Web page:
The Grandness of a Steinway

If there is one thing American craftsmanship can boast of, it is the Steinway piano.  Because of its quality, people naturally assume it is European.  But the main Steinway factory has always been in New York.  Steinway’s Hamburg, Germany plant is an offshoot of the American one, a rare case of Europe imitating an American original.  Most concert pianists and piano teachers would choose a Steinway.

What makes a Steinway more interesting is that no two Steinways ever sound exactly alike.  That’s intentional.  In fact, the last and most critical phase of the process is to “voice” each piano – to bring out its unique tonal characteristic, its personality.   If the piano sound is inherently bright, the “voicer” hardens the felt of the hammers to draw out the instrument’s brilliance; if the piano is mellow, he softens the felt to develop its serenity.

It takes nearly two years to make each piano.  Each piano requires a lot of wood –Sitka Spruce from the Pacific Northwest, Mahogany from South America, Walnut from Indiana – so much wood altogether that the factory at Queens locale looks more like a lumberyard than a piano factory.  Although the firm employs a wood technician to scour the world for best trees, more than half the lumber fails to measure up when it arrives.  The rejected wood used to go to make cuckoo clocks, then to make harps; now it’s burned for heat to dry out the wood that does make the grade.  Twelve thousand parts go into each piano, ranging from one-inch strips of maple used in the action of each key to the 340-pound plate of cast iron that forms the piano’s backbone.  Nearly 400 people work on each piano, many of them second and third-generation Steinway artisans.  More than a hundred patents go into the Steinway, including the technique of “over stringing” the bass strings to move them closer to the middle of the case, where they will reverberate loudest, and the trick of thinning the soundboard down toward the edges to force the sound into the room.  These innovations have been widely imitated.  These elements contribute to the cost of purchasing such a treasure.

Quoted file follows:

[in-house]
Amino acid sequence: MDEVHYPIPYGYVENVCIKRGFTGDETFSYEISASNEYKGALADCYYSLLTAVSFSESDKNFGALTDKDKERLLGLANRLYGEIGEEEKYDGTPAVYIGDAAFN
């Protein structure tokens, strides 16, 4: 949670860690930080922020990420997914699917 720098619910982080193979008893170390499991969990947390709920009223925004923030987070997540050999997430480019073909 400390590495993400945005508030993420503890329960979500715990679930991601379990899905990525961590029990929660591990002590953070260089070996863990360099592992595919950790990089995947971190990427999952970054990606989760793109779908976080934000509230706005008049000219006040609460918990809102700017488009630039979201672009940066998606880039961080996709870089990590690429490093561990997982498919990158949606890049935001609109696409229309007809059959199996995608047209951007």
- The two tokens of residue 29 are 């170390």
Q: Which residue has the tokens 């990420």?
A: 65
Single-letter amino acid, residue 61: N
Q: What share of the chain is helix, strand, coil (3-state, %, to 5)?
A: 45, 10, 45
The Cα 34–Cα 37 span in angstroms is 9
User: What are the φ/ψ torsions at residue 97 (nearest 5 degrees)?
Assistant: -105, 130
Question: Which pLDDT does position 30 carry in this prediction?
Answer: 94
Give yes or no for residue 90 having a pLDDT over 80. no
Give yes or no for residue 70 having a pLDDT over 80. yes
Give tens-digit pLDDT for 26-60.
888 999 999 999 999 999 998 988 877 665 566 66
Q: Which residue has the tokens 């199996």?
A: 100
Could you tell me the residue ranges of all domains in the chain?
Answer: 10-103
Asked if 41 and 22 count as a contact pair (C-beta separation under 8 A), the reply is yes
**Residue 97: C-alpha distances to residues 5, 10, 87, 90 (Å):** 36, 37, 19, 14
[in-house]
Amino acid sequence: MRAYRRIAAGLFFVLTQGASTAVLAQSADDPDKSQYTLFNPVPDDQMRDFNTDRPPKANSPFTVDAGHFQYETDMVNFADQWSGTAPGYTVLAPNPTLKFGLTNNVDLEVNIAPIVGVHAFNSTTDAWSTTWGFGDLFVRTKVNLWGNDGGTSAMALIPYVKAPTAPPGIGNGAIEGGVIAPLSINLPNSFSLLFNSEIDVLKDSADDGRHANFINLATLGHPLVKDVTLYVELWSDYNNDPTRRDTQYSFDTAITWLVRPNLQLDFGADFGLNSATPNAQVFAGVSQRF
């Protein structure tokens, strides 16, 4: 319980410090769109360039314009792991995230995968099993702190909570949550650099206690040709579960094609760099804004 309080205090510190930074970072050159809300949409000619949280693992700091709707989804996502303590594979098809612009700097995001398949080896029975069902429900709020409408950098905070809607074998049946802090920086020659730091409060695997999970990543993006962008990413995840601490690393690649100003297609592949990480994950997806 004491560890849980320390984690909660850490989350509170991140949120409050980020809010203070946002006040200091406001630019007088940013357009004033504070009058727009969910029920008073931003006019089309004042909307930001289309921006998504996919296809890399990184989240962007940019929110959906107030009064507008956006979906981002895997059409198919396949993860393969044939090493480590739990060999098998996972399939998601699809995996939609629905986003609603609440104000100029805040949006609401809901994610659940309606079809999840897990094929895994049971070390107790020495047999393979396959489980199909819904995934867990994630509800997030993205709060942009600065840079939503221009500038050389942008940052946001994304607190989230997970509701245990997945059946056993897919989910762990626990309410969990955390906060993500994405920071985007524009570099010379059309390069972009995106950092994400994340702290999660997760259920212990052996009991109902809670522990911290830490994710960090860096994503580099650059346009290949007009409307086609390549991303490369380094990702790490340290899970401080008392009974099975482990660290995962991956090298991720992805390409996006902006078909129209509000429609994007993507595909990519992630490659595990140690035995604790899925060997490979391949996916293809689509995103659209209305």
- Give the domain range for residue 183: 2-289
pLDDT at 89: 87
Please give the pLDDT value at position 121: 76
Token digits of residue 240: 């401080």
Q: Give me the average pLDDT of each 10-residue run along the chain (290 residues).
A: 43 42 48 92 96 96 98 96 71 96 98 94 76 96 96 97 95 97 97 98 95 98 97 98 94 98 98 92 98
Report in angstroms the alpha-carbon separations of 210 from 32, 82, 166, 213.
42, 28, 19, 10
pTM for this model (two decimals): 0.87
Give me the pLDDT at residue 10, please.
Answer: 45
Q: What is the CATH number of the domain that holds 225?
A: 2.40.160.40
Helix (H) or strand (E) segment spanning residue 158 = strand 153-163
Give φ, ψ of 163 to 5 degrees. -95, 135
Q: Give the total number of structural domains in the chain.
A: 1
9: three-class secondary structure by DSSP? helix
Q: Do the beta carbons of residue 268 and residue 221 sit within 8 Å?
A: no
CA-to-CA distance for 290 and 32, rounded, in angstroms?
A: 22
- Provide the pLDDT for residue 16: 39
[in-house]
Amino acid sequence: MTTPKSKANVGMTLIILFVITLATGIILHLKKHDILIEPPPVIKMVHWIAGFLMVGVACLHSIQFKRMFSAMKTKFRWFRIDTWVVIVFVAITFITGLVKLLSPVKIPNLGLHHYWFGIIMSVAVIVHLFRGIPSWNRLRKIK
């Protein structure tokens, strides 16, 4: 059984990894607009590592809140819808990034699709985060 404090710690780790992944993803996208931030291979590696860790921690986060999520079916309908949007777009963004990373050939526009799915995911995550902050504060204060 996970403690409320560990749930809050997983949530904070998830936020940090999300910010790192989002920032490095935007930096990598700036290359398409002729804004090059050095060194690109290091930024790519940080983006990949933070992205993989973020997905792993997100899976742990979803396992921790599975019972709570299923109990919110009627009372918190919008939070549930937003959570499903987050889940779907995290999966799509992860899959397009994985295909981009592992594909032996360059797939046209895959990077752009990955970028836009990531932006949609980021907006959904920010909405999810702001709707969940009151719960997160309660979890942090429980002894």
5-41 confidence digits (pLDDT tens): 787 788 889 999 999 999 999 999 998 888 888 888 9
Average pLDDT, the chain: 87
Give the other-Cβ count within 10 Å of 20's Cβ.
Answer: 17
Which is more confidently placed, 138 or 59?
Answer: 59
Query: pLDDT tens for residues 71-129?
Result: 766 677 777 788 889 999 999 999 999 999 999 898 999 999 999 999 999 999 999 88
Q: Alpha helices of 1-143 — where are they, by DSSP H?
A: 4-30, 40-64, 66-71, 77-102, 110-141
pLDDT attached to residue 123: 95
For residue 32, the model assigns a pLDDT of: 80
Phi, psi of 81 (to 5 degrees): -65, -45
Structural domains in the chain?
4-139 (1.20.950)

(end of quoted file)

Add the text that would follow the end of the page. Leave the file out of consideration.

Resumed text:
This suggests the essence of the Steinway’s distinction.  To a pianist, these Steinways aren’t just pianos.  They are practically living beings – each one unique, alert, and responsive; and that may explain how they can insinuate themselves into the owner’s life.  To the world’s leading pianists, they are loyal friends.

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